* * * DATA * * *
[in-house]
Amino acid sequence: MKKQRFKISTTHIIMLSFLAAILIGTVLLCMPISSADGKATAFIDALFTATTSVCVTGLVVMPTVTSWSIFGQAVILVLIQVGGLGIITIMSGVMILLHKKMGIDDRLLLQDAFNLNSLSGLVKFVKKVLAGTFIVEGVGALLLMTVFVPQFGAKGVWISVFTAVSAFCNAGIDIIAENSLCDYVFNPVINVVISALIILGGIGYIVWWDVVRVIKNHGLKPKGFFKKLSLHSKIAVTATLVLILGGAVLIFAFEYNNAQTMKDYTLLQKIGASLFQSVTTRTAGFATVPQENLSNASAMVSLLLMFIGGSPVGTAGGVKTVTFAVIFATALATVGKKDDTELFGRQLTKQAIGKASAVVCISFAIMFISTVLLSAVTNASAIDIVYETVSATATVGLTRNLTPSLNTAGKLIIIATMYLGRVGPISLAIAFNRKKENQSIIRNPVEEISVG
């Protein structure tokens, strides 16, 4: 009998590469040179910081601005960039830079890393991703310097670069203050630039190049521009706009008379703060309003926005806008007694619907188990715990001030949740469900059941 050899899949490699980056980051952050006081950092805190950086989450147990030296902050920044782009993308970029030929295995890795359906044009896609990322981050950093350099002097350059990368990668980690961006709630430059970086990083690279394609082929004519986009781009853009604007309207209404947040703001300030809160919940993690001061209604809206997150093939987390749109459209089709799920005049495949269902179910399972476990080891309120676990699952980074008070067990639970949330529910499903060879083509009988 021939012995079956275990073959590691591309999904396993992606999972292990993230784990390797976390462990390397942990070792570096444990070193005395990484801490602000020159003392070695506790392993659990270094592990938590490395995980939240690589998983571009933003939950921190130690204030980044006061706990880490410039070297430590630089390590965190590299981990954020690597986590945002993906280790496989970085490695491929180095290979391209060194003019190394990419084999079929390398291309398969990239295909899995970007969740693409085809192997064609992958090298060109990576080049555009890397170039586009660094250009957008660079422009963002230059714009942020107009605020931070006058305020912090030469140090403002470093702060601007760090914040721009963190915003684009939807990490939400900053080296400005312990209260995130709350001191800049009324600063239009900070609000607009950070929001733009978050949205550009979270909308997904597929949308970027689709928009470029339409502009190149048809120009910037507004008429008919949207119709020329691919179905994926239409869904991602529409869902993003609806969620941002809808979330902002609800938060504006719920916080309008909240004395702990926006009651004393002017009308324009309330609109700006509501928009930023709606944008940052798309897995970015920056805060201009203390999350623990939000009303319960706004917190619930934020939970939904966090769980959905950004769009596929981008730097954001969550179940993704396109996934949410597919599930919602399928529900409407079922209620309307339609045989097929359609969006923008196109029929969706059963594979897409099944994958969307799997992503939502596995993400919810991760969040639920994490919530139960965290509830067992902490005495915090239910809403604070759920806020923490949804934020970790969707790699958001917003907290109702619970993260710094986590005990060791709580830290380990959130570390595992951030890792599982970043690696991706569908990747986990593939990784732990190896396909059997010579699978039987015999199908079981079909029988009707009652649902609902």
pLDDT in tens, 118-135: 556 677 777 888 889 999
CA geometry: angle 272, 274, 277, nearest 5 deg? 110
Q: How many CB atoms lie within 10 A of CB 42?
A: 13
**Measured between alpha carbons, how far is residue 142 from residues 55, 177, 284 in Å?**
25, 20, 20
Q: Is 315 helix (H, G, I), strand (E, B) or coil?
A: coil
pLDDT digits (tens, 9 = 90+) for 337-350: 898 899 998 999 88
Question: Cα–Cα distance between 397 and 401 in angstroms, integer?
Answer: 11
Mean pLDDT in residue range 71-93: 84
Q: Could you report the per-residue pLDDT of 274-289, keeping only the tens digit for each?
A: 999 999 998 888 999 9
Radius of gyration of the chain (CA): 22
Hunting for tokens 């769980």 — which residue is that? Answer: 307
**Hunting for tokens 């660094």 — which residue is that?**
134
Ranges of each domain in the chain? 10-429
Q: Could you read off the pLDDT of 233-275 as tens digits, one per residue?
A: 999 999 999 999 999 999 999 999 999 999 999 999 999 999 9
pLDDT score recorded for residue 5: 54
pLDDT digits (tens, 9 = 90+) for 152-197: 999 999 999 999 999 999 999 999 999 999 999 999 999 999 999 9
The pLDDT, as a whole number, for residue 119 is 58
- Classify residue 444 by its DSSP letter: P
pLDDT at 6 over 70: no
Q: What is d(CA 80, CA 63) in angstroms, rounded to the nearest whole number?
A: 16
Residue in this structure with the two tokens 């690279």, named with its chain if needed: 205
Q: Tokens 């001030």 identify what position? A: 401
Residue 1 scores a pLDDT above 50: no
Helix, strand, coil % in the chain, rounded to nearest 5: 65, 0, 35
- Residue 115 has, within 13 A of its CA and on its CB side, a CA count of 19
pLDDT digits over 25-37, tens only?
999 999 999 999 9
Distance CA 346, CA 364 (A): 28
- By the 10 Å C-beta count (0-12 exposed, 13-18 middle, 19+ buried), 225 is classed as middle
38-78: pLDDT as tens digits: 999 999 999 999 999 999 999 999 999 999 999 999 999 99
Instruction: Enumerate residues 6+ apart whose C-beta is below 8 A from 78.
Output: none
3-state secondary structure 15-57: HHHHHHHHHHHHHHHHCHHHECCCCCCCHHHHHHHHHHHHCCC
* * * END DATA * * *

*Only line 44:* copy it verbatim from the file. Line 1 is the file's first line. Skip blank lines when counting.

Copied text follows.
3-state secondary structure 15-57: HHHHHHHHHHHHHHHHCHHHECCCCCCCHHHHHHHHHHHHCCC